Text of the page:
Alberta Ends Vaccine Passport, Ontario Reassesses Obligations


Alberta announced a date to terminate the COVID-19 vaccine passport early next week, stating that Ontario will reassess its vaccine obligations “in the coming weeks and months.”

Speak inside Facebook live Q & A on February 3 Alberta Prime Minister Jason Kenny said the government will announce a “confirmed” date to terminate the state’s vaccine passport next week, with the actual cancellation date coming soon.

“As COVID changes, so does our reaction to it,” Kenny told Albertin.

“Therefore, early next week Alberta will announce a definite date to end the REP. [Restrictions Exemption Program] And to do so in the very near future. ”

Introduced in September last year REP A version of the Alberta Vaccine Passport requires that anyone using non-essential services such as bars and restaurants be presented with proof of vaccination.

Kenny said next week the state will also announce a phased plan to lift almost all COVID-19 restrictions by the end of the month, provided that pressure on hospitals continues to decline.

He speculates that the high vaccination rates in Alberta combined with the stabilization of hospital patient numbers provide a reason to continue the “not so strong today” REP as it was when it was first introduced last September. Did.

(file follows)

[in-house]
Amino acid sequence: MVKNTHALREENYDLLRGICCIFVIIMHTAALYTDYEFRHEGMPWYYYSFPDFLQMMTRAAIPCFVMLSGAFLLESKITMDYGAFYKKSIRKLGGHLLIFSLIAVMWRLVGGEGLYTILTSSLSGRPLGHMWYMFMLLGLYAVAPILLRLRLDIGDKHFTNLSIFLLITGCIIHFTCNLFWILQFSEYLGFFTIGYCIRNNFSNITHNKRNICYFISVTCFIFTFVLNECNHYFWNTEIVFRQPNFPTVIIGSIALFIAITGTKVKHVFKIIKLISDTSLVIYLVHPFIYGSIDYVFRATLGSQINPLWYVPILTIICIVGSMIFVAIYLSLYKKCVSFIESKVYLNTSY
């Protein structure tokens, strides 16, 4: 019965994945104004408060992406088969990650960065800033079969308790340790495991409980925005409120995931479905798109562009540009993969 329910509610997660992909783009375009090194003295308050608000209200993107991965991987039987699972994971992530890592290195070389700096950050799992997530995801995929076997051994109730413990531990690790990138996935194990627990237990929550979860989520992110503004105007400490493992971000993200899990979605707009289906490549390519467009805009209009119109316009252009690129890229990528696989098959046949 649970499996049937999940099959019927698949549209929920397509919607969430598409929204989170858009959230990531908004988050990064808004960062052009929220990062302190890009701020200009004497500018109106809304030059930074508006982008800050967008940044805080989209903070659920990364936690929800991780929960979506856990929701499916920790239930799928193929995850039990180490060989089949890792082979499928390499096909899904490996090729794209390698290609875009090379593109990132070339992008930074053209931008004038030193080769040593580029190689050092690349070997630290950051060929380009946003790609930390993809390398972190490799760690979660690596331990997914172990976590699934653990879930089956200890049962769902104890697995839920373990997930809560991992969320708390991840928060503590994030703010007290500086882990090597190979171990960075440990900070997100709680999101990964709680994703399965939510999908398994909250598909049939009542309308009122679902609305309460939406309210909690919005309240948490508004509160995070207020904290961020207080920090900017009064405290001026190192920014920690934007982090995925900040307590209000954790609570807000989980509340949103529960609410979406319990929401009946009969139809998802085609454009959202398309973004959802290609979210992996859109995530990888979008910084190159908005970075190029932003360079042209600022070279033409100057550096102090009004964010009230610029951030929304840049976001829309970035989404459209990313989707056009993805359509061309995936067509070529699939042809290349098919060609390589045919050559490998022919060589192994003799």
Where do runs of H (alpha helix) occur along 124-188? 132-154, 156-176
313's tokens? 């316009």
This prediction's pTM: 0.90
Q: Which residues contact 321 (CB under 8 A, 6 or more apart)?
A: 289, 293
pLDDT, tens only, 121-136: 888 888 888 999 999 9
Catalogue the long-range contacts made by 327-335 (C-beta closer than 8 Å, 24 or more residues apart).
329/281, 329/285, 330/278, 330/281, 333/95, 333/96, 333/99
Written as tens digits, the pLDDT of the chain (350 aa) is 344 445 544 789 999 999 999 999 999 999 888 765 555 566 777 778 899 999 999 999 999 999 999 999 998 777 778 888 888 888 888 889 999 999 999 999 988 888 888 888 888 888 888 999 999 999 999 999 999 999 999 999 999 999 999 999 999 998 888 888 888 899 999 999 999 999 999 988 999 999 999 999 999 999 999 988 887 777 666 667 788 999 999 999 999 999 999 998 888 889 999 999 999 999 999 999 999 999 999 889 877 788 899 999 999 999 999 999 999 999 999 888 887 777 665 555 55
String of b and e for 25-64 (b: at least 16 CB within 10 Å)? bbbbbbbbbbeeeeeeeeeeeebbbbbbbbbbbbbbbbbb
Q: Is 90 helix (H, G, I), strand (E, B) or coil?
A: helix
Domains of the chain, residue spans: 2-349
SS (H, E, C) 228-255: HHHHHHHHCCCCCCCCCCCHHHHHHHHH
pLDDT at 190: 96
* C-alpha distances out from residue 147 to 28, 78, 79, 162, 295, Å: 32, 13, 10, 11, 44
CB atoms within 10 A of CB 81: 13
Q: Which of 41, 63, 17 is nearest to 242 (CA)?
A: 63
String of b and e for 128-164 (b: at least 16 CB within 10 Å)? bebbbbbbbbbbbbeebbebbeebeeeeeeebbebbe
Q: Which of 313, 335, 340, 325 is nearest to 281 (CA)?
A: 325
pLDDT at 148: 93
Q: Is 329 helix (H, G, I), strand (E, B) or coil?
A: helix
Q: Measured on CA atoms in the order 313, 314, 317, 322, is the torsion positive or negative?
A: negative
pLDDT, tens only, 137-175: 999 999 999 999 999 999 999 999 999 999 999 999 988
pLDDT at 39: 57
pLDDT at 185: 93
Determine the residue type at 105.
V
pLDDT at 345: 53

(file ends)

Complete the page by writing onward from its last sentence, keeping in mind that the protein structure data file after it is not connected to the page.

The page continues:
“About 40% of COVID patients in our hospital aren’t really there because of COVID. That’s also an important situation because they have accidental infections,” said the Prime Minister. rice field.

Epoch Times Photo
Dr. Kieran Moore, Director of Health in Ontario, will make a presentation in Toronto on January 12, 2022. (Canada Press / Nathan Dennett)

Dr. Kieran Moore, Chief Medical Officer of Ontario, said Press conference On February 3, the current COVID-19 vaccine “does not provide sterile immunity” against delta variants.

Two doses of the COVID-19 vaccine do not seem to significantly limit Omicron’s infection, but three doses reduce the risk of infection by about 60%, he said.

Prime Minister Dougford said he is not currently considering renewing the Ontario vaccine certificate to require three doses.

Moore says that in the near future Ontario needs to reassess the value of vaccine certificates that require residents to present two-shot evidence in order to access venues such as restaurants, gyms and cinemas. I said there is.

“I think these discussions will take place in the coming weeks and months,” he said.

“We need to reassess some of the public health measures we have taken. Given the diminishing benefits to infection, we need to reassess whether we maintain proof of the vaccination certification process. To do.”

Canadian Press contributed to this report

Isaac Theo

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Isaac Teo is a Toronto-based Epoch Times reporter.